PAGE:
Var Select cane is a medium-hard to hard cane which we are currently stocking for a limited time only.  Var select cane has a paler color, a dull texture and can be somewhat tricky to work with, but if you seek a harder cane you may consider giving it a try.  While the consistency between batches varies, in general it is a medium-walled cane with tight vascular bundles which should probably have a finished gouge slightly thinner to help facilitate vibrancy.  The resulting reeds are reflective of the various batches of cane; mainly the longevity and the overall resulting sound.  Harder, more brittle pieces of Var result in reeds with a much more focused sound that can be ‘bright’ whereas the softer pieces of Var will be less focused and less stable.  The yield of usable, processed pieces will vary as well per quarter pound of cane.  Overall this cane borders on the hard side.  Recommended for all climates and elevations.


Rieger: 10-10.5 & 10.5-11

Rieger cane has become increasingly more popular in the past few months but be aware that we keep a smaller quantity of this cane in stock.  This cane is a medium-hard to hard cane, golden in color, thick-walled with some marbling.  The batches of Rieger cane are generally very consistent, with very straight tubes, and will have a higher yield of useable processed pieces.  The finished gouge could possibly be adjusted to finish slightly on the thinner side to help facilitate vibrancy in reeds.  Rieger generally requires a little more work to get reeds vibrating but the resulting longevity of the reeds is certainly increased.  Reeds on Rieger cane are very focused, sit up in pitch, but the cane be somewhat stodgy at first.  If you tend to favor the harder canes we would highly suggest giving Rieger a try.  Recommended for all climates and elevations though this cane seems to be selling best on the west coast.


Alliaud: 10-10.5 & 10.5-11

Certainly one of our most popular and hardest canes, Alliaud is another staple of our tube cane selections.  Alliaud has a darker golden color, tight vascular bundles, very thick walls, some marbling and an even scrape.  Being the hardest of our canes, Alliaud does require more work to get the reeds vibrating, but the resulting reeds have a much increased lifespan and are very focused and stable.  The batches of Alliaud are usually very consistent and we find very little change between harvest dates.  The yield of useable processed pieces is slightly less for Alliaud then other brands of cane as some tubes can tend to be somewhat twisty and therefore decreases gougable pieces per quarter pound.  If you like smaller diameter cane, ordering 10-10.5 is your best bet as Alliaud does tend to be on the smaller side of the diameter ranges.  10.5-11 diameter Alliaud is probably more suitable for those who favor cane in the 10.25-10.5 range.  Recommended for all climates and elevations.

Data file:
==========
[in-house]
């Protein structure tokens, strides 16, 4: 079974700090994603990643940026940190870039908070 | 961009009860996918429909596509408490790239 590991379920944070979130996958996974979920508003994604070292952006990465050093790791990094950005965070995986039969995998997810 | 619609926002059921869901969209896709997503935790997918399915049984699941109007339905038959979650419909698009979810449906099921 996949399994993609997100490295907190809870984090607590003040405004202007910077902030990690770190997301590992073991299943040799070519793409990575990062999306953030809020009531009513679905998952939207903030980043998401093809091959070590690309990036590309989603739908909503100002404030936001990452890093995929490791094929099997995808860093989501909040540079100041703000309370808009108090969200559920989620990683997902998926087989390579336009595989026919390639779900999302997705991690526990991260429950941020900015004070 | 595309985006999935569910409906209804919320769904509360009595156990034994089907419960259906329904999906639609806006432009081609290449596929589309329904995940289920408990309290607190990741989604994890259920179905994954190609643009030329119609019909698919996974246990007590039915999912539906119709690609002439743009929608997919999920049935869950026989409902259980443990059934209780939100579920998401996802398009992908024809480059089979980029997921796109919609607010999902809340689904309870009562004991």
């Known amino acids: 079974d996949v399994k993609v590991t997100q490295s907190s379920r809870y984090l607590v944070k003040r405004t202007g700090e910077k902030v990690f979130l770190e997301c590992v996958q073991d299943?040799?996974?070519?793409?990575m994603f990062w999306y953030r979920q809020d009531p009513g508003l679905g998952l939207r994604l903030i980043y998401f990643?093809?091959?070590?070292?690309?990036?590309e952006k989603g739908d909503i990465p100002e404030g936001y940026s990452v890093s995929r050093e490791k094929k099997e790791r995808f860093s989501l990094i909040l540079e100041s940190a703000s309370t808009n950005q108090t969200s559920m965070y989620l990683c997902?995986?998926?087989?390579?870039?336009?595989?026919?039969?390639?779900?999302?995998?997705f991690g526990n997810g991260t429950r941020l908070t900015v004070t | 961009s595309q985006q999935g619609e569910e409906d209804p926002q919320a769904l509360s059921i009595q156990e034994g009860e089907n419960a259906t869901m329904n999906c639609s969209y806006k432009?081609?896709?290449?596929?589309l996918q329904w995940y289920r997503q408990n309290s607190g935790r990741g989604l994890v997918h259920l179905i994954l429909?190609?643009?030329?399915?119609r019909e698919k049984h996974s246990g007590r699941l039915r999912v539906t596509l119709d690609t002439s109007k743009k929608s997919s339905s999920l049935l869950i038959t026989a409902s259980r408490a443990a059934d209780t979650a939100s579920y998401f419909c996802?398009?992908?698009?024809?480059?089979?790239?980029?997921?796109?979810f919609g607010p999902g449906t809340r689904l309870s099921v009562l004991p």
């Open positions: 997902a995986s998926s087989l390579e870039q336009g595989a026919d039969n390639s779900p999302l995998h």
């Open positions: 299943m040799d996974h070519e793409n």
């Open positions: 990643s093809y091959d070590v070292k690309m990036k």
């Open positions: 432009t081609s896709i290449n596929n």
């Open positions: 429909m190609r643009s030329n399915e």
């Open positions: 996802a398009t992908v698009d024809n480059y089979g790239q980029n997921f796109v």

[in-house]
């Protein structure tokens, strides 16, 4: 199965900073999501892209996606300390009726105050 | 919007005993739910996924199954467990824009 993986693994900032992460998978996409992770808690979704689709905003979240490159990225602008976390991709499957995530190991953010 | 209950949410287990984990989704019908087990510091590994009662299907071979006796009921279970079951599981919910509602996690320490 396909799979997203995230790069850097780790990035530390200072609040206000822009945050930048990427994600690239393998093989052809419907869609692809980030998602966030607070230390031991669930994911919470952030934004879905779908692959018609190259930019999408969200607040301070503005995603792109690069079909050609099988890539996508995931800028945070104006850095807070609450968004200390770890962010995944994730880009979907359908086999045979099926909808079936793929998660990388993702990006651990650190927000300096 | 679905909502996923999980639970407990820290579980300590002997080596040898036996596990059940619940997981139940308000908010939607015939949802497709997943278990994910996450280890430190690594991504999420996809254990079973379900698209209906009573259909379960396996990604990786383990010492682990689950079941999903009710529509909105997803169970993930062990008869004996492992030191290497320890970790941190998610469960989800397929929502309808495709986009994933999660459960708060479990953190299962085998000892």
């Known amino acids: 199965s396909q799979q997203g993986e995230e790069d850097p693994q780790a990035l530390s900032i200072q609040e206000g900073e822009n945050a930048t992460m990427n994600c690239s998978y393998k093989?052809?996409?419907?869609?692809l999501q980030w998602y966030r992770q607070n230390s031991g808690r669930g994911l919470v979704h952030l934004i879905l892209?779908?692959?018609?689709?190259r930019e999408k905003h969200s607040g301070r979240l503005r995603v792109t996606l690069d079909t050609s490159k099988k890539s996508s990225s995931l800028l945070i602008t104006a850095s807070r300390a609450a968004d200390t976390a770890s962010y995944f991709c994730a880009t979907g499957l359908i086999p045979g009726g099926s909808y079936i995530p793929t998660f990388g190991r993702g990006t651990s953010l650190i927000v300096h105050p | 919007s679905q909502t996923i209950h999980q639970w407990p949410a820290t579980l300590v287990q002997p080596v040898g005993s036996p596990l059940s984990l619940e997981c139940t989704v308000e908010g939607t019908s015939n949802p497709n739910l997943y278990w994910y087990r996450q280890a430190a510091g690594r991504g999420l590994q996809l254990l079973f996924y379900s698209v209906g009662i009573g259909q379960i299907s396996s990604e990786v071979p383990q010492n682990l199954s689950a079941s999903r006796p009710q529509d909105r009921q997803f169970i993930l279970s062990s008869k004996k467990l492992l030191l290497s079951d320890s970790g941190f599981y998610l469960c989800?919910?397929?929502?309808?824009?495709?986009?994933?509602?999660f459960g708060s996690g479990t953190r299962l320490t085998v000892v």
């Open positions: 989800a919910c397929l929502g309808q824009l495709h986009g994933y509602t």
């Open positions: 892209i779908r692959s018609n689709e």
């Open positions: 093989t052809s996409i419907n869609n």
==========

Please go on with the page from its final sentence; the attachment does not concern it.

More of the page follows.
We are certainly proud to offer a wide variety of tube cane options for oboists to choose from.  We work very hard to acquire only the finest products but please keep in mind that cane is a plant, and there are some things (like weather and other growing conditions!) that are out of our control.  We’re hoping this guide will at least give you an idea of what to expect with our tube cane brands and remember, you can always call Jeff or Steven to get further insight on cane.  We’re always here to help you with whatever cane questions or concerns you may have! Visit our store to shop our tube cane.


  1. I haven’t played oboe in years, but we have a shortage of reeds in our area, so I’m interested in learning to make them. What cane would you recommend to get started? Also, can you recommend a good kit that will include everything I need to “practice” this new craft?
    Thanks so much!

    Comment by Myra Vaughn — January 29, 2014 @ 9:27 am
  2. Myra,
    We’ll have one of our oboe specialists contact you directly with suggestions. Thanks for visiting!

    Comment by Trent — February 3, 2014 @ 4:42 pm
  3. When do you expect 10.0-10.5 diameter Pisoni and Loree oboe tube cane will be back in stock?

    Comment by Cindy White — May 22, 2014 @ 3:46 pm
  4. We’ll send you an email directly (since this is time sensitive)

    Comment by Trent — May 27, 2014 @ 2:03 pm
  5. How can I tell the difference between oboe cane and oboe d’amore cane?

    Comment by John Ayala — November 3, 2014 @ 12:28 pm
  6. Hello John –

    Typically if you’re looking at tube cane specifically, the only difference will be the diameter. Traditionally oboe d’amore tube cane is sold in the 11-11.5 diameter. Gouged and gouged & shaped cane is usually clearly labeled as oboe d’amore cane.

    Comment by Jeff — November 5, 2014 @ 3:18 pm
  7. So far so good with the Rigotti tube cane. Nice straight tubes (able to get 6 pieces of gouge-able cane out of some tubes!); very easy to work with. I can turn out reeds fairly quickly and have gotten a few that would work in a performance, not the rich, very complex sounding ones that I can get from Vandoren cane (and I doubt that they will last as long); however, Vandoren cane is not a ‘high production” cane, is very hard and takes time to produce a finished reed. Need to produce some decent reeds in a hurry? This is the cane to use.

    Comment by Henry Tervo — December 30, 2014 @ 3:40 pm

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I definitely plan to send my oboe to the repair techs at MMI in the future. I don't think my oboe has played this well since I've purchased it!